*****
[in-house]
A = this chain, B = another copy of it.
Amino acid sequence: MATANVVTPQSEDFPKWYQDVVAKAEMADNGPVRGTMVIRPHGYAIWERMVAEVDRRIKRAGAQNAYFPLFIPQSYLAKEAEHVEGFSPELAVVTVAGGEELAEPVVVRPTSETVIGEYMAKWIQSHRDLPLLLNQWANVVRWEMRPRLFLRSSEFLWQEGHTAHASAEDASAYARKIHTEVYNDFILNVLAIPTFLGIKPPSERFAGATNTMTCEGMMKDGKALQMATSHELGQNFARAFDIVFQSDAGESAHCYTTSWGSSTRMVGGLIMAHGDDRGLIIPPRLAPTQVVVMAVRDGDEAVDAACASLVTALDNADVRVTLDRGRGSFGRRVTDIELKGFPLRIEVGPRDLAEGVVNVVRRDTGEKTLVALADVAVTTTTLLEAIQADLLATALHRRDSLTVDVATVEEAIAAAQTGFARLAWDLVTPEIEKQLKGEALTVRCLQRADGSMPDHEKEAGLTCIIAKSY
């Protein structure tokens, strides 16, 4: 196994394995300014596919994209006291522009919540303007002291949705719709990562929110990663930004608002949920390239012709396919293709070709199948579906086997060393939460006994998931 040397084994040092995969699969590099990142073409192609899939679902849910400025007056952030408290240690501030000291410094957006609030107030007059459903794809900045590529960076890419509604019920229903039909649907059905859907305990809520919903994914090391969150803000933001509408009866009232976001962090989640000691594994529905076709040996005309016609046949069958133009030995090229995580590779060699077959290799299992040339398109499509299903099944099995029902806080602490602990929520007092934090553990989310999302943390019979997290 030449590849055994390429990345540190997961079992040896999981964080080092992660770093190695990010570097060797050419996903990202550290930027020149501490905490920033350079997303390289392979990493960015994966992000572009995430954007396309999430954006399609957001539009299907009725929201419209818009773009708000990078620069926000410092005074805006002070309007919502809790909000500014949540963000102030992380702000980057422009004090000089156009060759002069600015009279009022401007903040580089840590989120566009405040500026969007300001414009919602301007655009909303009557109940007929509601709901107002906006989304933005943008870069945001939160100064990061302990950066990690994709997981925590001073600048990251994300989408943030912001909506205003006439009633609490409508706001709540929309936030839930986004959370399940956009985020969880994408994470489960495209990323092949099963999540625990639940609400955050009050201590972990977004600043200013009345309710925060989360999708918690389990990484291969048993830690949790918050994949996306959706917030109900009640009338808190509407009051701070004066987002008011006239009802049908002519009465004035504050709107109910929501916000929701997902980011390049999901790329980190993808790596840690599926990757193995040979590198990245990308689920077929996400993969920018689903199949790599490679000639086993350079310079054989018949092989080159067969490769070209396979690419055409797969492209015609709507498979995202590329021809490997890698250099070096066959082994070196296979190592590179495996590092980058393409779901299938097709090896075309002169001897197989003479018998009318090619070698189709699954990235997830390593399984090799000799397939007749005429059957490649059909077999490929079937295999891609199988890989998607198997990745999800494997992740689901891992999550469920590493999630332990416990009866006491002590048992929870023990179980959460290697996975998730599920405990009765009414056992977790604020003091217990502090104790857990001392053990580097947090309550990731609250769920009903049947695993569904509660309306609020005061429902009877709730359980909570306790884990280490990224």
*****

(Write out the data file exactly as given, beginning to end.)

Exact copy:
[in-house]
A = this chain, B = another copy of it.
Amino acid sequence: MATANVVTPQSEDFPKWYQDVVAKAEMADNGPVRGTMVIRPHGYAIWERMVAEVDRRIKRAGAQNAYFPLFIPQSYLAKEAEHVEGFSPELAVVTVAGGEELAEPVVVRPTSETVIGEYMAKWIQSHRDLPLLLNQWANVVRWEMRPRLFLRSSEFLWQEGHTAHASAEDASAYARKIHTEVYNDFILNVLAIPTFLGIKPPSERFAGATNTMTCEGMMKDGKALQMATSHELGQNFARAFDIVFQSDAGESAHCYTTSWGSSTRMVGGLIMAHGDDRGLIIPPRLAPTQVVVMAVRDGDEAVDAACASLVTALDNADVRVTLDRGRGSFGRRVTDIELKGFPLRIEVGPRDLAEGVVNVVRRDTGEKTLVALADVAVTTTTLLEAIQADLLATALHRRDSLTVDVATVEEAIAAAQTGFARLAWDLVTPEIEKQLKGEALTVRCLQRADGSMPDHEKEAGLTCIIAKSY
């Protein structure tokens, strides 16, 4: 196994394995300014596919994209006291522009919540303007002291949705719709990562929110990663930004608002949920390239012709396919293709070709199948579906086997060393939460006994998931 040397084994040092995969699969590099990142073409192609899939679902849910400025007056952030408290240690501030000291410094957006609030107030007059459903794809900045590529960076890419509604019920229903039909649907059905859907305990809520919903994914090391969150803000933001509408009866009232976001962090989640000691594994529905076709040996005309016609046949069958133009030995090229995580590779060699077959290799299992040339398109499509299903099944099995029902806080602490602990929520007092934090553990989310999302943390019979997290 030449590849055994390429990345540190997961079992040896999981964080080092992660770093190695990010570097060797050419996903990202550290930027020149501490905490920033350079997303390289392979990493960015994966992000572009995430954007396309999430954006399609957001539009299907009725929201419209818009773009708000990078620069926000410092005074805006002070309007919502809790909000500014949540963000102030992380702000980057422009004090000089156009060759002069600015009279009022401007903040580089840590989120566009405040500026969007300001414009919602301007655009909303009557109940007929509601709901107002906006989304933005943008870069945001939160100064990061302990950066990690994709997981925590001073600048990251994300989408943030912001909506205003006439009633609490409508706001709540929309936030839930986004959370399940956009985020969880994408994470489960495209990323092949099963999540625990639940609400955050009050201590972990977004600043200013009345309710925060989360999708918690389990990484291969048993830690949790918050994949996306959706917030109900009640009338808190509407009051701070004066987002008011006239009802049908002519009465004035504050709107109910929501916000929701997902980011390049999901790329980190993808790596840690599926990757193995040979590198990245990308689920077929996400993969920018689903199949790599490679000639086993350079310079054989018949092989080159067969490769070209396979690419055409797969492209015609709507498979995202590329021809490997890698250099070096066959082994070196296979190592590179495996590092980058393409779901299938097709090896075309002169001897197989003479018998009318090619070698189709699954990235997830390593399984090799000799397939007749005429059957490649059909077999490929079937295999891609199988890989998607198997990745999800494997992740689901891992999550469920590493999630332990416990009866006491002590048992929870023990179980959460290697996975998730599920405990009765009414056992977790604020003091217990502090104790857990001392053990580097947090309550990731609250769920009903049947695993569904509660309306609020005061429902009877709730359980909570306790884990280490990224």